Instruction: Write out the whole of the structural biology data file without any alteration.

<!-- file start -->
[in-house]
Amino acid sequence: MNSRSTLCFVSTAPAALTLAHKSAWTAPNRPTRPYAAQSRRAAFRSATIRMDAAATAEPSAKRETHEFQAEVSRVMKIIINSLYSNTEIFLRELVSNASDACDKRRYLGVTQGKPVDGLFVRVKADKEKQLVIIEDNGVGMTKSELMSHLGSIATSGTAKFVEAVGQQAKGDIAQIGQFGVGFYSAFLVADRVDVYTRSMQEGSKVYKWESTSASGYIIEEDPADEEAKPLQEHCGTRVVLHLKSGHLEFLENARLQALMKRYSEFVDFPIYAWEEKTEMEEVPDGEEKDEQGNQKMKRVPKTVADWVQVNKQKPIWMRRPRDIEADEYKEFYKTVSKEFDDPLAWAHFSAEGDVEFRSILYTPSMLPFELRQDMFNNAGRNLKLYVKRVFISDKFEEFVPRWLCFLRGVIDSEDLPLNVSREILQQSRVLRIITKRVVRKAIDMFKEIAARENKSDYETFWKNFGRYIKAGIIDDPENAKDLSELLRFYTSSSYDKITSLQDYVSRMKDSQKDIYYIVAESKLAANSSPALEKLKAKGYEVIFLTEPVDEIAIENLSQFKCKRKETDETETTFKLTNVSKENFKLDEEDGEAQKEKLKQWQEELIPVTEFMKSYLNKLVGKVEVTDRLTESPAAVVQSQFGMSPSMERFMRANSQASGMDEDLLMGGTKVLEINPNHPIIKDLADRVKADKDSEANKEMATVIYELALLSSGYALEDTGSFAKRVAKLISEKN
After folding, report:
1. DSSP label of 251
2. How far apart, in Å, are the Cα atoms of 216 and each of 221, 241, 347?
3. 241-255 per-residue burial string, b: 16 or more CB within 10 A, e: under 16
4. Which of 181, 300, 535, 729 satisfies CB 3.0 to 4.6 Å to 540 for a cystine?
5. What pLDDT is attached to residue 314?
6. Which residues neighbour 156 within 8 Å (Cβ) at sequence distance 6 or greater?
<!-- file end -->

[in-house]
Amino acid sequence: MNSRSTLCFVSTAPAALTLAHKSAWTAPNRPTRPYAAQSRRAAFRSATIRMDAAATAEPSAKRETHEFQAEVSRVMKIIINSLYSNTEIFLRELVSNASDACDKRRYLGVTQGKPVDGLFVRVKADKEKQLVIIEDNGVGMTKSELMSHLGSIATSGTAKFVEAVGQQAKGDIAQIGQFGVGFYSAFLVADRVDVYTRSMQEGSKVYKWESTSASGYIIEEDPADEEAKPLQEHCGTRVVLHLKSGHLEFLENARLQALMKRYSEFVDFPIYAWEEKTEMEEVPDGEEKDEQGNQKMKRVPKTVADWVQVNKQKPIWMRRPRDIEADEYKEFYKTVSKEFDDPLAWAHFSAEGDVEFRSILYTPSMLPFELRQDMFNNAGRNLKLYVKRVFISDKFEEFVPRWLCFLRGVIDSEDLPLNVSREILQQSRVLRIITKRVVRKAIDMFKEIAARENKSDYETFWKNFGRYIKAGIIDDPENAKDLSELLRFYTSSSYDKITSLQDYVSRMKDSQKDIYYIVAESKLAANSSPALEKLKAKGYEVIFLTEPVDEIAIENLSQFKCKRKETDETETTFKLTNVSKENFKLDEEDGEAQKEKLKQWQEELIPVTEFMKSYLNKLVGKVEVTDRLTESPAAVVQSQFGMSPSMERFMRANSQASGMDEDLLMGGTKVLEINPNHPIIKDLADRVKADKDSEANKEMATVIYELALLSSGYALEDTGSFAKRVAKLISEKN
After folding, report:
1. DSSP label of 251
2. How far apart, in Å, are the Cα atoms of 216 and each of 221, 241, 347?
3. 241-255 per-residue burial string, b: 16 or more CB within 10 A, e: under 16
4. Which of 181, 300, 535, 729 satisfies CB 3.0 to 4.6 Å to 540 for a cystine?
5. What pLDDT is attached to residue 314?
6. Which residues neighbour 156 within 8 Å (Cβ) at sequence distance 6 or greater?